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Project M

Project M




Dr. Stephanie Schubert



Institute of Human Genetics







Research focus and projects:

Human TSPY, encoding the "testis-specific protein, Y-encoded" was the first gene with strictly testis-specific expression to be isolated from a mammalian Y-chromosome [1]. Human TSPY is organized as a repetitive gene family of some 30-60 members which occupy at least five distinct clusters on the long and short arm of the Y chromosome [2]. TSPY belongs to the "TTSN" superfamily, which includes SET, NAP1, CDA1, and DENTT, autosomal genes involved in cellular growth control and tumorigenesis, as well as TSPYL1 and TSPYL2, autosomal genes of hitherto unknown function [3-5]. Within the human testis, TSPY is expressed mainly in spermatogonia and there is circumstantial evidence that TSPY is involved in spermatogonial proliferation and/or differentiation [6]. It is assumed that TSPY plays a role in tumours with germ cell origins. TSPY is strongly expressed in seminoma [7] and gonadoblastoma [8], and is regarded as a candidate gene for the GBY locus, that predisposes dysgenetic gonads of 46,XY sex-reversed females to develop malignancy [9]. TSPY is repetitive in most mammalian species investigated so far, including man and other primates, bovine species, and the horse [10]. The situation in murine species is peculiar: While tspy is functional in the rat [11, 12], the Mus musculus derived laboratory mouse harbours a single-copy pseudogene that is unable to generate a functional transcript [13]. So far no efforts had been made towards establishing an animal model that is suitable for functional analysis of the Y chromosomal gene locus TSPY. We now propose to investigate TSPY function in a much more systematic way. Because the rat carries the tspy gene in a functional state, it represents a species in which an antisense transgenesis would be a feasible approach. We will generate a transgenic rat model whose tspy is suppressed by overexpression of the antisense rtspy transgene and elucidate the effects of reduced tspy in rat testis. That antisense transgensis has been quite sucessful in rats was recently shown by Shimokawa et al. [14].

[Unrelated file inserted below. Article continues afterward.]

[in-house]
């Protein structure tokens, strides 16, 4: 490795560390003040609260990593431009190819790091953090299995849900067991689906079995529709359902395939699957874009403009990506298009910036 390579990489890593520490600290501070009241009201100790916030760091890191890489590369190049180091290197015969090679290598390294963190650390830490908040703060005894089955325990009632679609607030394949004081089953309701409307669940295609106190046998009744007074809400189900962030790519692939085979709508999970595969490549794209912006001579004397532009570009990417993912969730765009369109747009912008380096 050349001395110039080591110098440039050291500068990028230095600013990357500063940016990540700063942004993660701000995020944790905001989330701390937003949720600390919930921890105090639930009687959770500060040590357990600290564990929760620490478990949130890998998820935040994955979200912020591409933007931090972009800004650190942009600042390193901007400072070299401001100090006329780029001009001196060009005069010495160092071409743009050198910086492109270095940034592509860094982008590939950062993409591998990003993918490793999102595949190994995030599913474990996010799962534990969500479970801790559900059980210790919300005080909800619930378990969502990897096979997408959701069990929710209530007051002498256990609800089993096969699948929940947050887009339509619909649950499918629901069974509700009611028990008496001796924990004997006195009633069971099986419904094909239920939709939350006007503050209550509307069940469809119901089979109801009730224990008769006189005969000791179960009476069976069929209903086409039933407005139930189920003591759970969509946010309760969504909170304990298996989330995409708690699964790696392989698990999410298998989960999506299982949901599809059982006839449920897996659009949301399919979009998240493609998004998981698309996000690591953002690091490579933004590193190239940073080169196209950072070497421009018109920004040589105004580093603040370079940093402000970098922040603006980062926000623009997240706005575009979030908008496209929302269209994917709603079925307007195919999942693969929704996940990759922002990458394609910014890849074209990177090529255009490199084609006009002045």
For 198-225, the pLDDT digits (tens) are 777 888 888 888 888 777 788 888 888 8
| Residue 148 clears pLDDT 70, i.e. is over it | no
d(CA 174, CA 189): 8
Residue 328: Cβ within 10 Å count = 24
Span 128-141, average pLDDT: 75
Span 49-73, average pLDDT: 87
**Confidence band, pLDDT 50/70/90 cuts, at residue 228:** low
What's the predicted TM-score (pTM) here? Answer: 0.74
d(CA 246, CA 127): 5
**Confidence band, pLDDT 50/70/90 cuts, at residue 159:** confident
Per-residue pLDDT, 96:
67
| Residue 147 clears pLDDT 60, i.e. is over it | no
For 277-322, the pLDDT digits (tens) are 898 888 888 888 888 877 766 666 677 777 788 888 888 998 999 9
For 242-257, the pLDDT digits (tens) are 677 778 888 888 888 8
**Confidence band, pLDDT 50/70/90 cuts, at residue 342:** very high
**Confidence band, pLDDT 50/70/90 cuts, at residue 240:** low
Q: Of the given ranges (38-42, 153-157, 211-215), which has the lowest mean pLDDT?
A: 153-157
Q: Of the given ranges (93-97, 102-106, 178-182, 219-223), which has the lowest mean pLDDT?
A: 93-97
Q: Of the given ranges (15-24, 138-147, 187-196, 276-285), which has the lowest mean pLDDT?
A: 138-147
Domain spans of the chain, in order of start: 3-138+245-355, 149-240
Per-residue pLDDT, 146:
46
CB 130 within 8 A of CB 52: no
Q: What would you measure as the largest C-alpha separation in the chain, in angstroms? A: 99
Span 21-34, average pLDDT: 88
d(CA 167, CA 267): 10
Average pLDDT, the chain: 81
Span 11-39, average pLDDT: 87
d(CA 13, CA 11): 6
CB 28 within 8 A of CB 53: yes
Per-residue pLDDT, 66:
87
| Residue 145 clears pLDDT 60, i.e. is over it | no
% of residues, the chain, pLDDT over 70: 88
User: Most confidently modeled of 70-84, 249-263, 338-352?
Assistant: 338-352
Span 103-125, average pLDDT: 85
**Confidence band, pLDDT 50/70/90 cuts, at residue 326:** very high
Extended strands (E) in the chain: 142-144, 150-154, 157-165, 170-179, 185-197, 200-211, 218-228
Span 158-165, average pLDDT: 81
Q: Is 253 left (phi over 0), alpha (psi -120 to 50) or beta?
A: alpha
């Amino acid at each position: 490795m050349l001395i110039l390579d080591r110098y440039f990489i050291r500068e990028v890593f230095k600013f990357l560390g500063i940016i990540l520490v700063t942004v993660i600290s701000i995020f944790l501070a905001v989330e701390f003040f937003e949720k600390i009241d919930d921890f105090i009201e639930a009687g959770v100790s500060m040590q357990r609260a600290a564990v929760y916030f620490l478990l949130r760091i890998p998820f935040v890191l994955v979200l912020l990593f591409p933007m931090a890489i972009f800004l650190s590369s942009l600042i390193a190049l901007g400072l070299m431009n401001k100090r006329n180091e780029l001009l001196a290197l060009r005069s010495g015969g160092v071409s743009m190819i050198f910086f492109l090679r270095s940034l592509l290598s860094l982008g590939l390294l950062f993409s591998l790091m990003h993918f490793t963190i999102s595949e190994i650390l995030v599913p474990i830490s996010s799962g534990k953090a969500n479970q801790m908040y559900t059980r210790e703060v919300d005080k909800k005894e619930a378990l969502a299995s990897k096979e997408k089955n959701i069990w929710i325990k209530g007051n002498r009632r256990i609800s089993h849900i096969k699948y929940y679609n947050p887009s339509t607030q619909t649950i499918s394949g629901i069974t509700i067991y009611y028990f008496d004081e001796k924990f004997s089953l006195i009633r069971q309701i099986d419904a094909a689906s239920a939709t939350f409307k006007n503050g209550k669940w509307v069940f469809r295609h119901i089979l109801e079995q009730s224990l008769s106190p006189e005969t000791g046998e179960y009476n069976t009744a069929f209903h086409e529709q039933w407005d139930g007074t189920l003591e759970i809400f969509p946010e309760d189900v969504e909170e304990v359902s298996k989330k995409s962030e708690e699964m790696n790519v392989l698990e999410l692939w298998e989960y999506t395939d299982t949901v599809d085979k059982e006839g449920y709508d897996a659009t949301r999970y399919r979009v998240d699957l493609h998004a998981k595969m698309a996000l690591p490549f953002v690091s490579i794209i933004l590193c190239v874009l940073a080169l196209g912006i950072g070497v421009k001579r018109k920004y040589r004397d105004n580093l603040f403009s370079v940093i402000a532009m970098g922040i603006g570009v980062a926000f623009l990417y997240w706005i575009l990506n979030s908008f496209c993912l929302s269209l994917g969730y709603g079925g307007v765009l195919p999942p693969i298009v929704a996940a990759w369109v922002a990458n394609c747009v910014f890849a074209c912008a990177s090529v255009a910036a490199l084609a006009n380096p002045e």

Key References:

  1. ARNEMANN J, EPPLEN JT, COOKE HJ, SAUERMANN U, ENGEL W SCHMIDTKE J. A human Y-chromosomal DNA sequence expressed in testicular tissue. Nucleic Acids Research 1987; 15 (21):8713-8724.

  2. MANZ E, SCHNIEDERS F, MÜLLER BRECHLIN A, SCHMIDTKE J. TSPY-related sequences represent a microheterogenous gene family organized as constitutive elements in DYZ5 tandem repeat units on the human Y chromosome. Genomics 1993; 17:726-731.

  3. VOGEL T, DITTRICH O, MEHRAEIN Y, DECHEND F, SCHNIEDERS F, SCHMIDTKE J. Murine and human TSPYL genes: novel members of the TSPY-SET-NAP1L1 family. Cytogenet Cell Genet 1998; 81:265-270.

  4. CHAI Z, SARCEVIC B, MAWSON A, TOH BH. SET-related cell division autoantigen-1 (CDA1) arrests cell growth. J Biol Chem 2001; 276(36):33665-33674.

  5. OZBUN LL, YOU L, KIANG S, ANGDISEN J, MARTINEZ A, JAKOWLEW SB. Identification of differentially expressed nucleolar TGF-beta 1 target (DENTT) in human lung cancer cells that is a new member of the TSPY/SET/NAP-1 superfamily. Genomics 2001; 73(2):179-193.

  6. SCHNIEDERS F, DÖRK T, ARNEMANN J, VOGEL T, WERNER M, SCHIDTKE J. Testis-specific protein, Y-encoded (TSPY) expression in testicular tissues. Hum Mol Genet 1996; 5:1801-1807.

  7. LAU YF. Gonadoblastoma, testicular and prostate cancer, and the TSPY gene. Am J Hum Genet 1999; 64(4):921-927.

  8. HILDENBRAND R, SCHRODER W, BRUDE E, SCHEPLER A, KONIG R, STUTTE HJ, ARNEMANN J. Detection of TSPY protein in a unilateral microscopic gonadoblastoma of a Turner mosaic patient with a Y-derived marker chromosome. J Pathol 1999; 189(4):623-626.

  9. TSUCHIYA K, REIJO R, PAGE DC, DISTECHE CM. Gonadoblastoma: Molecular definition of the susceptibility region on the Y chromosome. Am J Hum Genet 1995; 57:1400-1407.

  10. VOGEL T, SCHMIDTKE J. Structure and function of TSPY, the Y-chromosome gene coding for the "testis-specific protein". Cytogenet Cell Genet 1998; 80:209-213.

  11. DECHEND F, SCHUBERT S, NANDA I, VOGEL T, SCHMID M, SCHMIDTKE J. Organization and expression of rat TSPY. Cytogenet Cell Genet 1998; 83 (3-4): 270-274.

  12. MAZEYRAT S, MITCHELL MJ. Rodent Y chromosome TSPY gene is functional in rat and non-functional in mouse. Hum Mol Genet 1998; 7(3):557-562.


  14. SHIMOKAWA I, HIGAMI Y, TSUCHIYA T, OTANI H, KOMATSU T, CHIBA T, YAMAZA H. Lifespan extension by reduction of the growth hormone-insulin-like groth factor-1 axis: relationto caloric restriction. FASEB J 2003;8.

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